As a genre, math rock carries a somewhat pejorative connotation. After all, its origins was supposedly an inside joke by the members of math rock progenitor Chavez, whose friend decided to whip out (what I would imagine to be) a humongous calculator in a mock attempt to appraise how good a song is. Like the newfangled djent – a relatively new subgenre of progressive metal – math rock was all but a big hilarious gag, until some folks thought it wasn’t and decided to make music from it. It was then this definition evolved, referring to their musicians’ tendency to weave in complex rhythmic structure and haphazard time signature changes into their harmonies.
Of course, this may still reek of pretentious, elitist hogwash – particularly to the casual music listener. But the genre is more than just a penchant for sprucing up intricate melodies with numbers; it’s also about heady textures and intense emotions, be it dissonant and jarring, or melodious and meditative. Most of all, it exposes bands to almost limitless manners of composition. Contemporary math rock, like that of This Town Needs Guns and American Football, offers a more vocally driven interpretation of the genre than classic mainstays like Shellac and Don Caballero, which usually have guitars, vocals and drums careening and melding together towards a blistering finale.
Then there’s Asian math rock, which leans towards folding intrepid guitar riffs into light, melodic noise tinged with a distinctly Asian aesthetic. Hong Kong quartet GDJYB performs their unique brand of math-folk music with Honglish lyrics – a mix of Cantonese and English (if you’re wondering about the name, it’s an acronym of a Chinese dish called Gai Dan Jing Yuk Beng, which is steamed meatloaf with egg). The result is music that’s quintessentially GDJYB, which is breezy yet instrumentally astute, sometimes even verging on cinematic. It’s hard to deny the band’s impeccable chemistry and technical skills: the ethereal vocals of the singer Soft, the intricate, articulate licks by guitarist Soni and the luscious, resonant harmonies of the bassist Wing – with the trio backed by the elaborate and invigorating thumps of the drummer Heihei.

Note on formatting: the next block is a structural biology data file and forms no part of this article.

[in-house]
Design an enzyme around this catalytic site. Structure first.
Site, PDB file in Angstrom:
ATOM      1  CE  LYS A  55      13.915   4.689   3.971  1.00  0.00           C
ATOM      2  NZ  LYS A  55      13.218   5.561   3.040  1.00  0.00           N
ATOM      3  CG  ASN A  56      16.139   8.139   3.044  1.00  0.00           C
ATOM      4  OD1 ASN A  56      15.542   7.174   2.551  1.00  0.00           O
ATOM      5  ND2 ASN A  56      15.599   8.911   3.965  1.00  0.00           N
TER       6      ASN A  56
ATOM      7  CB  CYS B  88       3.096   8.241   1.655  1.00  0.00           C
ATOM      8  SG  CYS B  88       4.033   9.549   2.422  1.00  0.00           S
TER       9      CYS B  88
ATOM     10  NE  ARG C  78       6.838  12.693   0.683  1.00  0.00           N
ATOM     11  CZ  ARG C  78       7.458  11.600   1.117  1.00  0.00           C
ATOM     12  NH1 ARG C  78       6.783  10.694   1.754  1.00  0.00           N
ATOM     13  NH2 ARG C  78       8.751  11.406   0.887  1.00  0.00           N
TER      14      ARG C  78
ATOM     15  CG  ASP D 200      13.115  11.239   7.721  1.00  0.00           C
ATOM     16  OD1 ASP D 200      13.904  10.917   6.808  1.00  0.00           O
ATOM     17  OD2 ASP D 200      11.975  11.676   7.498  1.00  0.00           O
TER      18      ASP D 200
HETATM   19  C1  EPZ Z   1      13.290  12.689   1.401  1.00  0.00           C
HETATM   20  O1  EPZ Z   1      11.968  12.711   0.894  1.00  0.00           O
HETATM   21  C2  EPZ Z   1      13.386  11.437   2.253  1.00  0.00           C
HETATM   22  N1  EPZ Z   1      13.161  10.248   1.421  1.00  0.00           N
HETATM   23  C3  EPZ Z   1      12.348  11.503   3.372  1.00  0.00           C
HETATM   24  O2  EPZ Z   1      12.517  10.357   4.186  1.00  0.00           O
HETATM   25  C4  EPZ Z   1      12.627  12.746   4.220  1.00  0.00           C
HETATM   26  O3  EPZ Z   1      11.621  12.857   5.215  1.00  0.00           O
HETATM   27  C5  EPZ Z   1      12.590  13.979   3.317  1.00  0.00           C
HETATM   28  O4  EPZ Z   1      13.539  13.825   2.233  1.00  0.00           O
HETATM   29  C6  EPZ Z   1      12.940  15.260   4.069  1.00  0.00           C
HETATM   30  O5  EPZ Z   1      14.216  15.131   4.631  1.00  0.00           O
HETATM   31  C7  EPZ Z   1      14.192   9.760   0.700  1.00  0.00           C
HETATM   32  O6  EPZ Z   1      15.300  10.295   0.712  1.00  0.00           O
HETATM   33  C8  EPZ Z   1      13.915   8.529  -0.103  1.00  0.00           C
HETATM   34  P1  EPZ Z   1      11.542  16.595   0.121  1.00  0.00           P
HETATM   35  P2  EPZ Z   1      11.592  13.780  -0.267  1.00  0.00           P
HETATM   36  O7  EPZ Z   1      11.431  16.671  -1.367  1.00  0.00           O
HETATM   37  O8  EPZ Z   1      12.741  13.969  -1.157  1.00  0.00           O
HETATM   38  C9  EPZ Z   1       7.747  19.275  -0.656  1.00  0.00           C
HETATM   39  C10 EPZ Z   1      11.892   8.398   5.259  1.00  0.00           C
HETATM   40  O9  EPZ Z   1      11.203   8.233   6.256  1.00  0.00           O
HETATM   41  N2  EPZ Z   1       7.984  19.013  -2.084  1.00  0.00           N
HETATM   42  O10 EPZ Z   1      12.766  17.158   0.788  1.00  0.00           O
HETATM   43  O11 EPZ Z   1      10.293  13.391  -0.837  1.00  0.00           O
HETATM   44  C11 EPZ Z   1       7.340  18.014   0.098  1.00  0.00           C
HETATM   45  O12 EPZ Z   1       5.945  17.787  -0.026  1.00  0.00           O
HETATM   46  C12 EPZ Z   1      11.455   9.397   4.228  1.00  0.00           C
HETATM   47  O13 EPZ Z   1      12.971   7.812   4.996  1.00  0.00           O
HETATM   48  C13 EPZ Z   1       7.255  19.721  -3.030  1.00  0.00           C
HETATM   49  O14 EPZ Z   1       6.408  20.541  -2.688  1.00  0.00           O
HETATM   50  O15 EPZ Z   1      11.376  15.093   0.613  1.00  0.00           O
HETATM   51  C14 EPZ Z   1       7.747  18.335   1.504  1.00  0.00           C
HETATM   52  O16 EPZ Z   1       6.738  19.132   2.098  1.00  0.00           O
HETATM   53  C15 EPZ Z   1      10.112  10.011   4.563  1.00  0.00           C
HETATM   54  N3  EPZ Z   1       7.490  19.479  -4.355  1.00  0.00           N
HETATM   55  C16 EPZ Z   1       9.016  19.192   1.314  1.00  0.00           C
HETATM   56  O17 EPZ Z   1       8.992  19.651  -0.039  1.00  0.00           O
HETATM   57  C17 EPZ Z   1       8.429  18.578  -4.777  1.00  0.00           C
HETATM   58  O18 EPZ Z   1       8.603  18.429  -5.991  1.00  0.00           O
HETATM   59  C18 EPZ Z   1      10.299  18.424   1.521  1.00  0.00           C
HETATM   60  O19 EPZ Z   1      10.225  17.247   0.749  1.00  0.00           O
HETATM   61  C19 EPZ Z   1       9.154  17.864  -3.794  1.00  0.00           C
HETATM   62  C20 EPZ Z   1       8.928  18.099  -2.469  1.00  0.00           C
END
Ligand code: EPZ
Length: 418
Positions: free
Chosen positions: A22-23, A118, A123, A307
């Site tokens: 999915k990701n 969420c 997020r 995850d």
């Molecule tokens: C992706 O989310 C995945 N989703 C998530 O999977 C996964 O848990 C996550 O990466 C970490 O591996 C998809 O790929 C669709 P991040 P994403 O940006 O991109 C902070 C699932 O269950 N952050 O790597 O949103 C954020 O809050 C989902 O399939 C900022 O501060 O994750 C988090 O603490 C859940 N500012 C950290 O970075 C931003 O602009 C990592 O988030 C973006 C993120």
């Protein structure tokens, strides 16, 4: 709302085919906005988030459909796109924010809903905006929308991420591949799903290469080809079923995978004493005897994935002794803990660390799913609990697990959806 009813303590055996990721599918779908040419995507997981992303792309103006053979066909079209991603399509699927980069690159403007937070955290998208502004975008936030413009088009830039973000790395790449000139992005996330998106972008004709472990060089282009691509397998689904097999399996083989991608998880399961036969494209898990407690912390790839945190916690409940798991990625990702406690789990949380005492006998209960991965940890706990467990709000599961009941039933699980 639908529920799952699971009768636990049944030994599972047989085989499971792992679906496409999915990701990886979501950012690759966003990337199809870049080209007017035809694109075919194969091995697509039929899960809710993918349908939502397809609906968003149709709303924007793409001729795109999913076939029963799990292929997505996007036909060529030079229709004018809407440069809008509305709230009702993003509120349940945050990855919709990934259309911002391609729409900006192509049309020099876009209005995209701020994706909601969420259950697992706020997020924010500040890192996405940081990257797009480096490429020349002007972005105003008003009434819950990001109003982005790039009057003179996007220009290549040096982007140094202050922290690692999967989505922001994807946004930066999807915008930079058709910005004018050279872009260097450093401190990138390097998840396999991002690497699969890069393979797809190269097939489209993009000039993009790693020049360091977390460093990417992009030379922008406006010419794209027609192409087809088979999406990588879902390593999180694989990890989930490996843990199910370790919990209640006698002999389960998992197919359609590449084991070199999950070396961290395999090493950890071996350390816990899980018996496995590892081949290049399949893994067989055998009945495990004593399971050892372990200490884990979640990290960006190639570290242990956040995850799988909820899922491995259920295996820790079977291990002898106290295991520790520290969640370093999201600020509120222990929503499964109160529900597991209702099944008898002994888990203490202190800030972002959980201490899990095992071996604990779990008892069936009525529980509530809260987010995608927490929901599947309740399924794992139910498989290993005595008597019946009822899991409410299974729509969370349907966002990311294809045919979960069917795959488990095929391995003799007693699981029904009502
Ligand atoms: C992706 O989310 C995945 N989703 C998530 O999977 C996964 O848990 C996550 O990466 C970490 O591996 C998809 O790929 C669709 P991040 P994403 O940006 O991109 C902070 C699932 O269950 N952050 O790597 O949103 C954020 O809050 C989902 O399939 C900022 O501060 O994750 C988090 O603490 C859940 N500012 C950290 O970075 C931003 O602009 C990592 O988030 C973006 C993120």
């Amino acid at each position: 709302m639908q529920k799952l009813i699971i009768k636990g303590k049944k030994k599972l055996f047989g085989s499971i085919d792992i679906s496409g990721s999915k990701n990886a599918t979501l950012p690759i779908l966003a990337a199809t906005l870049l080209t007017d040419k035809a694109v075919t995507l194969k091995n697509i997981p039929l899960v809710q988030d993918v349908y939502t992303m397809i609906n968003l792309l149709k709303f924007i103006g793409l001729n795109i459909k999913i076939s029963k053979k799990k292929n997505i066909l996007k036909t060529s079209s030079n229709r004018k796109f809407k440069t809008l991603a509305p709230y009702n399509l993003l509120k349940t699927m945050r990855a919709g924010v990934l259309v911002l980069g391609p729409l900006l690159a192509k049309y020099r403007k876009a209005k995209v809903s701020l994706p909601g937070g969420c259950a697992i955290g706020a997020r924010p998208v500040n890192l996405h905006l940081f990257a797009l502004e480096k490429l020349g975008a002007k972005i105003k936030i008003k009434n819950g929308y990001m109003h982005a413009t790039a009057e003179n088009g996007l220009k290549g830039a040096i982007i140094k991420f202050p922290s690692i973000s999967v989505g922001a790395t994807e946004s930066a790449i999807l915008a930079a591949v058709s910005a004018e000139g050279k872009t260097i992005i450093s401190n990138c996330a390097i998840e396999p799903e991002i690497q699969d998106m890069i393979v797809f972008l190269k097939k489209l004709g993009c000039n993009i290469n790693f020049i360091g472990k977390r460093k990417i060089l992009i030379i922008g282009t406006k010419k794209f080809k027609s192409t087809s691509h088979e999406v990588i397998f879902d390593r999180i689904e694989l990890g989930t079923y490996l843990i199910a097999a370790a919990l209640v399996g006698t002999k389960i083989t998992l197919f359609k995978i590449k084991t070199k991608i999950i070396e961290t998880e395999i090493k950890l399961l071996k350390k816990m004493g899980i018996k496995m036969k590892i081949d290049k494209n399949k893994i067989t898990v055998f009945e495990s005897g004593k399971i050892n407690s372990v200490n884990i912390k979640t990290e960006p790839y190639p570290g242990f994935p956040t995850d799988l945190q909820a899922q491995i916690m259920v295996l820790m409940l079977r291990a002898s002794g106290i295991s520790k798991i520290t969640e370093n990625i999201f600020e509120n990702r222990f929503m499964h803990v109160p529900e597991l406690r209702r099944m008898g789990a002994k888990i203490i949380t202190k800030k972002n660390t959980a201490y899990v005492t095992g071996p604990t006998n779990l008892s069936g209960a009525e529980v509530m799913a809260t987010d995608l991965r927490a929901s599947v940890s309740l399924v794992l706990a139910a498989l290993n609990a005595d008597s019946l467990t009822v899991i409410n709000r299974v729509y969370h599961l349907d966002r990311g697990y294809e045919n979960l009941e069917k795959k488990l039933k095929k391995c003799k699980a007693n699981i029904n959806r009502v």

With vocals and lyrics often taking a backseat to the other instruments in this genre, math rock is often more about the musicians’ virtuosity rather than their politics.
Gentle and beguiling, GDJYB’s songs belie a potency, which is typically laden with impassioned lyrics that relate to societal struggles. One of their recent releases, “Why Don’t You Kill Us All?” is a lament about the growing global inequality, with quotes from American president Donald Trump weaved into the music at one point. Another tune, “Philip the Buster,” is a reference to filibusters, an allusion to Hong Kong lawmakers’ attempts to delay unpopular bills from being passed in a legislature – all as Soft’s melancholic vocals wafted through a skittering melody, set to an off-kilter beat. Yet it’s the band’s most volatile song, “Backspace,” that left a seismic impact on their audience upon its release, drawing on swelling layers of harmonies that eventually culminates in a stirring crescendo.
Speaking to Hong Kong publication Coconuts, Soft has said about her band’s songs, “I don’t always want to write so many songs about social issues. But every time you open the newspaper or watch the news, the only thing you can do is talk about how you feel about it. If you care about this city, and you love this city, you need to keep speaking out.” With vocals and lyrics often taking a backseat to the other instruments in this genre, math rock is often more about the musicians’ virtuosity rather than their politics. Complicating matters is GDJYB’s occasionally indecipherable lyrics, whose English becomes a direct translation from Cantonese vernacular. But that’s what gives their brand of math-folk its idiosyncrasy, a powerful, immovable identity that makes them distinct, even among their Asian math rock peers.